Postdoc - Defining and tackling immunotherapy resistance
The Peeper lab exploits powerful function-based, genome-wide experimental strategies to develop rational combinatorial cancer treatment, targeting both cancer and immune cells. By screening for novel therapeutic targets and predictive biomarkers, we aim to achieve more durable clinical responses for patients.
The clinical outcome of late-stage lung cancer patients has improved considerably thanks to advances made for targeted therapy and T cell checkpoint modulation. However, still many patients fail to (durably) benefit mainly because of primary, adaptive, and acquired therapy resistance. For this project, we have put together a multidisciplinary team comprising molecular biologists, immunologists, bioinformaticians, protein chemists and medical oncologists who together aim, in collaboration with pharma, to improve clinical responses to immunotherapy (IT).
We will define the signaling pathways through which tumor cells are eliminated by, or instead cause resistance to, (IT-activated) T cell-mediated killing, to identify therapeutically tractable vulnerabilities to prevent therapy resistance. This will be done in defined culture systems and humanized mouse models, and by analysis of samples from IT-treated patients. Predictive biomarkers and therapeutic targets will be validated using functional genomics and therapeutic compounds in mouse models, and their mechanisms of actions will be investigated. Ultimately, we will set out to bring identified targets improving IT to the clinic.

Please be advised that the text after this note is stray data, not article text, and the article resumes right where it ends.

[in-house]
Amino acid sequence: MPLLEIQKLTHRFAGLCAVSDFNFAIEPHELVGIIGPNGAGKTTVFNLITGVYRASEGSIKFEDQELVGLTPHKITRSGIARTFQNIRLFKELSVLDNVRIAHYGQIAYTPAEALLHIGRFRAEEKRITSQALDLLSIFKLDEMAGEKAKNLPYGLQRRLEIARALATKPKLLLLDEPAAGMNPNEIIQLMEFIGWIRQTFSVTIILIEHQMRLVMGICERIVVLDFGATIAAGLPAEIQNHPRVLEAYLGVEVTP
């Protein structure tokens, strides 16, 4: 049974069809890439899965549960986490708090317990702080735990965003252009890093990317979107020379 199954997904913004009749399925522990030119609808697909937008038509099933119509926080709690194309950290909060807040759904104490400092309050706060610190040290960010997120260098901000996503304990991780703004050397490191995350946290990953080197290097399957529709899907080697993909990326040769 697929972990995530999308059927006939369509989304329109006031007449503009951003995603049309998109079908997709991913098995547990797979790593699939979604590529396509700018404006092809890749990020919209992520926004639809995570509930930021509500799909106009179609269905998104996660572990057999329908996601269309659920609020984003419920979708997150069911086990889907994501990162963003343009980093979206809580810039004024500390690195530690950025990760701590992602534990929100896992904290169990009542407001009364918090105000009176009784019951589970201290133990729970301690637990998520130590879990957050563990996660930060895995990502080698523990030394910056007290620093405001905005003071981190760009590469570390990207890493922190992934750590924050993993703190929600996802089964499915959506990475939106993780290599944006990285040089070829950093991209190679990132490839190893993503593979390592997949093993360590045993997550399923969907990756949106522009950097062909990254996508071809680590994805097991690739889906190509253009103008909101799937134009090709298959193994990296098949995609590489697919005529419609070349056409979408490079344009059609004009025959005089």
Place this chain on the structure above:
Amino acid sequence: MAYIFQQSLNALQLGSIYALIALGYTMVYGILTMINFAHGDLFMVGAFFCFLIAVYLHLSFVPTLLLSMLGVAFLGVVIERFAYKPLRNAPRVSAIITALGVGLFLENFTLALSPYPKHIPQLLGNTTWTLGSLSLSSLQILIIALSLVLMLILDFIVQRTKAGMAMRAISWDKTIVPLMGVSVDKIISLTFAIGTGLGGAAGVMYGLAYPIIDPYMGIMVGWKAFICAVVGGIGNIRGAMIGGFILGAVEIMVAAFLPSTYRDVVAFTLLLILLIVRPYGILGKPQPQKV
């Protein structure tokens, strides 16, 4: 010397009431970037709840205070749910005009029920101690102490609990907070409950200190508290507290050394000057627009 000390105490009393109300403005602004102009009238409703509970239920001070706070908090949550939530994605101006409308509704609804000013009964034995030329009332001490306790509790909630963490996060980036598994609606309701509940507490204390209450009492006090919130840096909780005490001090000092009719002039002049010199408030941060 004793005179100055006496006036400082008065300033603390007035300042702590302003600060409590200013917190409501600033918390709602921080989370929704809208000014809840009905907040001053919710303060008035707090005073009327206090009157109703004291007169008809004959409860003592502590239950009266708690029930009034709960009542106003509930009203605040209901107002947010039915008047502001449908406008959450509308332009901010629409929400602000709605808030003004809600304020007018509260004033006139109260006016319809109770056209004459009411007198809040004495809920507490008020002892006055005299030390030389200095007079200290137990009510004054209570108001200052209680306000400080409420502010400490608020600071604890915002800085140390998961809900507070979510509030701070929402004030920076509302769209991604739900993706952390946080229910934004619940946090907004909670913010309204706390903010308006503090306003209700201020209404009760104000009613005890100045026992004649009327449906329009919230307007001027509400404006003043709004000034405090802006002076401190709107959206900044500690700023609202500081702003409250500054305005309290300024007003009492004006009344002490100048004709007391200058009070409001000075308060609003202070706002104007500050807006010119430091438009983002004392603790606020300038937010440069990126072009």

Jouw ontwikkelingsmogelijkheden en arbeidsvoorwaarden
For information please contact prof. Daniel Peeper, Division of Molecular Oncology & Immunology, Netherlands Cancer Institute, Amsterdam.
- Vredevoogd et al., Augmenting Immunotherapy Impact by Lowering Tumor TNF Cytotoxicity Threshold,
- Boshuizen et al., Cooperative targeting of melanoma heterogeneity with an AXL antibody-drug conjugate
and BRAF/MEK inhibitors. Nature Med. 2018
- Kong et al., Cancer drug addiction is relayed by an ERK2-dependent phenotype switch, Nature 2017